7. Poisoning symptoms, and toxic and fatal concentrations 635 ⊡ Figure 3.3 Infrared absorption spectrum of sodium azide. ⊡ Figure 3.4 X-ray diffraction profile for sodium azide. d) To realize sensitive analysis, an ion chromatograph system equipped with an autosuppressor is most desirable. In this system, the external mode, which uses pure water as regenerating solution, is adopted. e) Since interfering ions may be eluted from a membrane filter, it should be sufficiently washed with ultrapure water before use. f) Swelling particle polymer (200–400 mesh; polystyrene crosslinked with 1 % divinylben- zene) bound with the phosphonium salt. The commercially available product is the Cl type (0.90 mmol Cl–/g. When only a compound with high nucleophilic reactivity like azide ion is targeted, the Cl type catalyst can be directly used. However, when anionic poisons with relatively low nucleophilic reactivity including cyanide ion are analyzed, it is preferable to convert the Cl type catalyst into the Br type according to the procedure described here. This is because the Br type catalyst acts to protect the derivatization reagent PFBBr from its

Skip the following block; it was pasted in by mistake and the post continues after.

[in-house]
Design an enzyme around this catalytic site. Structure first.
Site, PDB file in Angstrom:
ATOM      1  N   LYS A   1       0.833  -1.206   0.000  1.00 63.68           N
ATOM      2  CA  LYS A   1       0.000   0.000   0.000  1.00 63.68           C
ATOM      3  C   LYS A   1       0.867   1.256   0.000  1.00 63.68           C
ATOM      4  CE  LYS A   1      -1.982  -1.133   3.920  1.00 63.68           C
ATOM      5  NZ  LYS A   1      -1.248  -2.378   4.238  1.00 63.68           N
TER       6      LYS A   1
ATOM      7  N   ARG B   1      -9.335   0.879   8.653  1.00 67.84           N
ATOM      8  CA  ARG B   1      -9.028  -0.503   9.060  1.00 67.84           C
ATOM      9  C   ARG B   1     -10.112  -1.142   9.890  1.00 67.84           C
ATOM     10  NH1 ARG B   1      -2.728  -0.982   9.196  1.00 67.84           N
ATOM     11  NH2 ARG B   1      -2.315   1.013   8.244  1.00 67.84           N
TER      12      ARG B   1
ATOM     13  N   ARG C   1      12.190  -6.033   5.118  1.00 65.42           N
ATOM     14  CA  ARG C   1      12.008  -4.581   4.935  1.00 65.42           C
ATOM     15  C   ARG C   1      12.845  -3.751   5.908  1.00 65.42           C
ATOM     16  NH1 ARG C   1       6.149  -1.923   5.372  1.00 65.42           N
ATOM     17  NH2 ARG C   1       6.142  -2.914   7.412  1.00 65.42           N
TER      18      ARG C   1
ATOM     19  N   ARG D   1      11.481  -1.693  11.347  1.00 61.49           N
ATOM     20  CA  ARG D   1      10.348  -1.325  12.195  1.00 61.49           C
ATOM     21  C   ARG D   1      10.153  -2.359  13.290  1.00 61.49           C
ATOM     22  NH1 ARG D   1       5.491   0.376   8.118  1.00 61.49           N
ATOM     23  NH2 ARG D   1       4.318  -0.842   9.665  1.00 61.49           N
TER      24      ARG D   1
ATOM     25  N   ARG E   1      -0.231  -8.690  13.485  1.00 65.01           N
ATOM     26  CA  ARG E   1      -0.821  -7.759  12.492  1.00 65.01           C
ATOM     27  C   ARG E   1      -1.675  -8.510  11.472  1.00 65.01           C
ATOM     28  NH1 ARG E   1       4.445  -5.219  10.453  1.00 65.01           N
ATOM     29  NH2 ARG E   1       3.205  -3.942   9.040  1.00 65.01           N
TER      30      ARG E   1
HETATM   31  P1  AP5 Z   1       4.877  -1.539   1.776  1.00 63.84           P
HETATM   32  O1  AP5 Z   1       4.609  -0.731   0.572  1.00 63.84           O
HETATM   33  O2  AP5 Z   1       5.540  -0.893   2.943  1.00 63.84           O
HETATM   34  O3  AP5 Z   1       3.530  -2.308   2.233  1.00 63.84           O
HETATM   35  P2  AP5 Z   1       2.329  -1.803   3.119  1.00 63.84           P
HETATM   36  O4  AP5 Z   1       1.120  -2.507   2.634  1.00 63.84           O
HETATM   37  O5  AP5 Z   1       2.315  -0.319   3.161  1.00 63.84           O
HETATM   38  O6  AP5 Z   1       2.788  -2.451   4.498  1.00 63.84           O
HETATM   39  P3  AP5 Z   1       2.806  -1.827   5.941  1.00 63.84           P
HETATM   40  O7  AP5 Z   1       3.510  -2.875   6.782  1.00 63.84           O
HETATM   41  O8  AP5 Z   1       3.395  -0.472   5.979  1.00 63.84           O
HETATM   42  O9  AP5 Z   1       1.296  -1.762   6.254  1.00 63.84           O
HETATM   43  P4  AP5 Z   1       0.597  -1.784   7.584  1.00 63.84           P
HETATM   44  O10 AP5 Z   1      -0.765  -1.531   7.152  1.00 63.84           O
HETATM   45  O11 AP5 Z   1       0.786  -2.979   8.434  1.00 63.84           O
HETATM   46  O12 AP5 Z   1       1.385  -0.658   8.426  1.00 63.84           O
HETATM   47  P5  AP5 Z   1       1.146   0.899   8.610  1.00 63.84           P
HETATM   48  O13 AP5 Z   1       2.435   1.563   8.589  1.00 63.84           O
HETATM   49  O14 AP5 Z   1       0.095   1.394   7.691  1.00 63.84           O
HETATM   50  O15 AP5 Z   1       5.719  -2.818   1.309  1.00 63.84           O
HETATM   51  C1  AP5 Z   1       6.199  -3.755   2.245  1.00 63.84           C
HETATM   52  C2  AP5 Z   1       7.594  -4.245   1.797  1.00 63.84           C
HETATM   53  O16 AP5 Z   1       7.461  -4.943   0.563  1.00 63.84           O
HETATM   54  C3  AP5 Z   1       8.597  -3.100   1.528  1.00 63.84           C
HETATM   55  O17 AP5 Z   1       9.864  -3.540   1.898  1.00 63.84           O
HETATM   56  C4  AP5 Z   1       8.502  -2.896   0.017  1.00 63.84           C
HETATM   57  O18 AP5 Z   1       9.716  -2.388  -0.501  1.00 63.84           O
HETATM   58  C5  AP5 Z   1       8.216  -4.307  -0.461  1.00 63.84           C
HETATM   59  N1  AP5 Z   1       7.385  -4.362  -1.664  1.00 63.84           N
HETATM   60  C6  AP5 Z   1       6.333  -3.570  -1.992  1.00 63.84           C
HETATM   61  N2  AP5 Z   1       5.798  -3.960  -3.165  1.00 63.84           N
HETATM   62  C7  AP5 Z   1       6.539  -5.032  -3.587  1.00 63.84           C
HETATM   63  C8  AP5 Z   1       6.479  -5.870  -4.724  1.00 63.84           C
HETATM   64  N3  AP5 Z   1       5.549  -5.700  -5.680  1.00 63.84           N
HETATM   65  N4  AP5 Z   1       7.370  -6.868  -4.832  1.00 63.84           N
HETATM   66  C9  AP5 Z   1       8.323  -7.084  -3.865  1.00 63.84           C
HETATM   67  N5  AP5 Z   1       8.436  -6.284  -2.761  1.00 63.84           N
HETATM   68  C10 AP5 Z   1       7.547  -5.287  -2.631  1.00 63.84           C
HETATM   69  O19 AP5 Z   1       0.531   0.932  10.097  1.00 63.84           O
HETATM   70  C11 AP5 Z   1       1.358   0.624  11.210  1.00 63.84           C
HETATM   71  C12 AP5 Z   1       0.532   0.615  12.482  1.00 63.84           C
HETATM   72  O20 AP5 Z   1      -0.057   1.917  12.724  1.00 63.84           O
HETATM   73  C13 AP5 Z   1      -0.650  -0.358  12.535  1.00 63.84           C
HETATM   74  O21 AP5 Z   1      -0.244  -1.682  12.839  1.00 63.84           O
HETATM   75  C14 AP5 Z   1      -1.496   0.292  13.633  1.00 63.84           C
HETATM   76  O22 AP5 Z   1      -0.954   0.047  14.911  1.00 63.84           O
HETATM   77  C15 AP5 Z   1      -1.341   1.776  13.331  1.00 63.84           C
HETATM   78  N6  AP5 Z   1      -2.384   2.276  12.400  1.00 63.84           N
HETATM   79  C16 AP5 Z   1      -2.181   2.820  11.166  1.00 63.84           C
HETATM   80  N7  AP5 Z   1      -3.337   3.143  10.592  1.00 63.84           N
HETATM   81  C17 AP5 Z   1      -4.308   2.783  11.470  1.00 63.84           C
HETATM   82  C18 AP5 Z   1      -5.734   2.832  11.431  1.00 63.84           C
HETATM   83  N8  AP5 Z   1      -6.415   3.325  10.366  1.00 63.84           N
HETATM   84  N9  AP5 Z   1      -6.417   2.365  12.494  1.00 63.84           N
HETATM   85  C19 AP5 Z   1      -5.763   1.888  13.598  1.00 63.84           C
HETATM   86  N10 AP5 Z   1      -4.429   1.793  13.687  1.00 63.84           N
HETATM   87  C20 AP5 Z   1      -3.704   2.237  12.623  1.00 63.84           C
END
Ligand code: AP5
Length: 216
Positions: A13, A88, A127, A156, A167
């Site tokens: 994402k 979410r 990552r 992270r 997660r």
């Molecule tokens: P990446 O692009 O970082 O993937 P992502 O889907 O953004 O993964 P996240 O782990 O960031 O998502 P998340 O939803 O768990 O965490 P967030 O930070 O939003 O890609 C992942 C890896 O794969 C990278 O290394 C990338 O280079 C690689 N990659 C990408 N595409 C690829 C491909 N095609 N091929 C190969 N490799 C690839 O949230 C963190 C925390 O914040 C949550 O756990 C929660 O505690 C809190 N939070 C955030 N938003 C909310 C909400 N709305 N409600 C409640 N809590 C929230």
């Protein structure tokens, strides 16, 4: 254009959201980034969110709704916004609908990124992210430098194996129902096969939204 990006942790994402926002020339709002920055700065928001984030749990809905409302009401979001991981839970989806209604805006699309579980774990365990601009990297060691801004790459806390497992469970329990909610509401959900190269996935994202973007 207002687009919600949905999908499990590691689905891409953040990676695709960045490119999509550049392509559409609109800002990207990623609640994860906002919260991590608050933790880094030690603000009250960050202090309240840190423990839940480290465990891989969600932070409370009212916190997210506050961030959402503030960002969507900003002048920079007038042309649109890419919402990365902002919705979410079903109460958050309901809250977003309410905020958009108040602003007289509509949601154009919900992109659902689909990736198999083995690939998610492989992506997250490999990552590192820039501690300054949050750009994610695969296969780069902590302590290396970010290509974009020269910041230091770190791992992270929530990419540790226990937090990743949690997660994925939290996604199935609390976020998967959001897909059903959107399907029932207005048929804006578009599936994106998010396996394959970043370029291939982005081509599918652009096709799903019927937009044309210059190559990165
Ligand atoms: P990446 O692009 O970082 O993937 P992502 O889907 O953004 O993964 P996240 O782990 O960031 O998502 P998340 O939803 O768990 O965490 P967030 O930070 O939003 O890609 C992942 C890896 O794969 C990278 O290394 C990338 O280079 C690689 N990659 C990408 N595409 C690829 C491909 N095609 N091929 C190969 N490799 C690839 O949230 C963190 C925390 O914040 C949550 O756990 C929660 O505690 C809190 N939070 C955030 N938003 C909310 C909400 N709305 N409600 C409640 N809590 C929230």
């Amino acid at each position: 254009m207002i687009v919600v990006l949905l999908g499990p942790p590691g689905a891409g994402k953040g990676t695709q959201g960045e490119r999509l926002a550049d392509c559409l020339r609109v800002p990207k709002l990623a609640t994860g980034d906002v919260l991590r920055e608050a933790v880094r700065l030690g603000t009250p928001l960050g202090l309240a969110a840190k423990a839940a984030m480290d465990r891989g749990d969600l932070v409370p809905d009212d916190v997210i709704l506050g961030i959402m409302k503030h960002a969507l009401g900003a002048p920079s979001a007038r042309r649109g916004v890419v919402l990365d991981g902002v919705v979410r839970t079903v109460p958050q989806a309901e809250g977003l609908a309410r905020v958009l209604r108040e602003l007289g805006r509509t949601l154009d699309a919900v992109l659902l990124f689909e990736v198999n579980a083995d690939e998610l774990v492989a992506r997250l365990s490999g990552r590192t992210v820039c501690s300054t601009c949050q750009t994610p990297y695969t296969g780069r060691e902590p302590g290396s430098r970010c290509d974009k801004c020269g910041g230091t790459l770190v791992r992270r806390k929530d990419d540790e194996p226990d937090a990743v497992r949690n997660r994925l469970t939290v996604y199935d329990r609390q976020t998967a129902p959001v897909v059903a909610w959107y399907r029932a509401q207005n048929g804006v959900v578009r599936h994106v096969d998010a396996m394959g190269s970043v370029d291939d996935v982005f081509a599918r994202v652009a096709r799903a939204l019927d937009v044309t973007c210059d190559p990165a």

8. 636 Sodium azide conversion into less reactive PFBCl by reaction with chloride ions being included in the biological matrix. g) Azide ion is easily derivatized by nucleophilic displacement reaction with halogenated alkyl like PFBBr. The derivative produced is stable. Although PFBBr is a good derivatiza- tion reagent for GC/MS analysis in both positive EI and NICI modes, it is highly corrosive and lacrimatory and thus the handling of the undiluted solution of PFBBr should be care- fully made inside a draft chamber. h) By utilizing high nucleophilic reactivity of thiosulfate ion, PFBBr is converted into water-solu- ble and non-reactive pentafluorobenzyl-thiosulfate ion, which is removed at the steps iii)–v). PFB–Br + –S-SO2 – O–→ PFB-S-SO2-O– + Br–. This reaction rapidly proceeds in a homogenous water-acetone system, but does not smoothly in the two- and tri-phase systems. i) As ISs, Tetralin® [1], 1,3,5-tribromobenzene [3] and N-(2-trifluoro-methyl)benzyl penta- fluoropropamine [2] were reported. j) The specimen should be relatively clean with small amounts of impurities, such as lavage solution for a food and tea solution; as large as 4 mL volume of a specimen can be analyzed using an appropriate test tube with a ground-in stopper. References 1) Miki A, Nishikawa M, Tsuchihashi H (2000) Simultaneous GC-MS determination of azide, cyanide and thiocya- nate via phase-transfer-catalyzed pentafluorobenzylation. J Health Sci 46:81–88 2) Kikuchi M, Sato M, Ito T et al. (2001) Application of a new analytical method using gas chromatography and gas chromatography-mass spectrometry for the azide ion to human blood and urine samples of an actual case. J Chromatogr B 752:149–157 3) Kage S, Kudo K, Ikeda N (2000) Determination of azide in blood and urine by gas chromatography-mass spec- trometry. J Anal Toxicol 24:429–432 4) Baselt RC, Cravey RH (1995) Disposition of Toxic Drugs and Chemicals in Man, 4th edn. Chemical Toxicology Institute, Foster City, CA, p 66 5) Naito H (1991) Poisoning of Industrial Products, Gases, Pesticides, Drugs, and Natural Toxins – Cases, Patho- genesis and Its Treatment, 2nd edn. Nankodo, Tokyo, pp 18–19 6) Richardson SGN, Giles C, Swan CHL (1975) Two cases of sodium azide poisoning by accidental ingestion of Isoton. J Clin Pathol 28:350–351 7) Chiba Y, Ohmichi M, Inaba H (1999) Influence of sodium azide on human bodies and its poisoning accidents. Jpn J Hyg 53:572–579 (in Japanese with an English abstract) 8) Kikuchi M, Sato M, Ito T et al. (2000) Toxicity of sodium azide and determination of azide ions. Jpn J Forensic Toxicol 18:1–13 (in Japanese with an English abstract) 9) Burger E, Bauer HM (1965) Akuter Vergiftungsfall durch versehentliches Trinken von Natriumazidlösung. Arch Toxikol 20:279–283 10) Howard JD, Stogerboe KJ, Case GA et al. (1990) Death following accidental sodium azide ingestion. J Forensic Sci 35:193–196 11) Klein-Schwartz W, Gorman RL, Oderda GM et al. (1989) Three fatal sodium azide poisoning. Med Toxicol Adverse Drug Exp 4:219–227 12) Tsuchihashi H, Nishikawa M (2000) Analysis of drugs and poisons in forensic chemistry. J Anal Bio-Science 23:149–158 (in Japanese with an English abstract)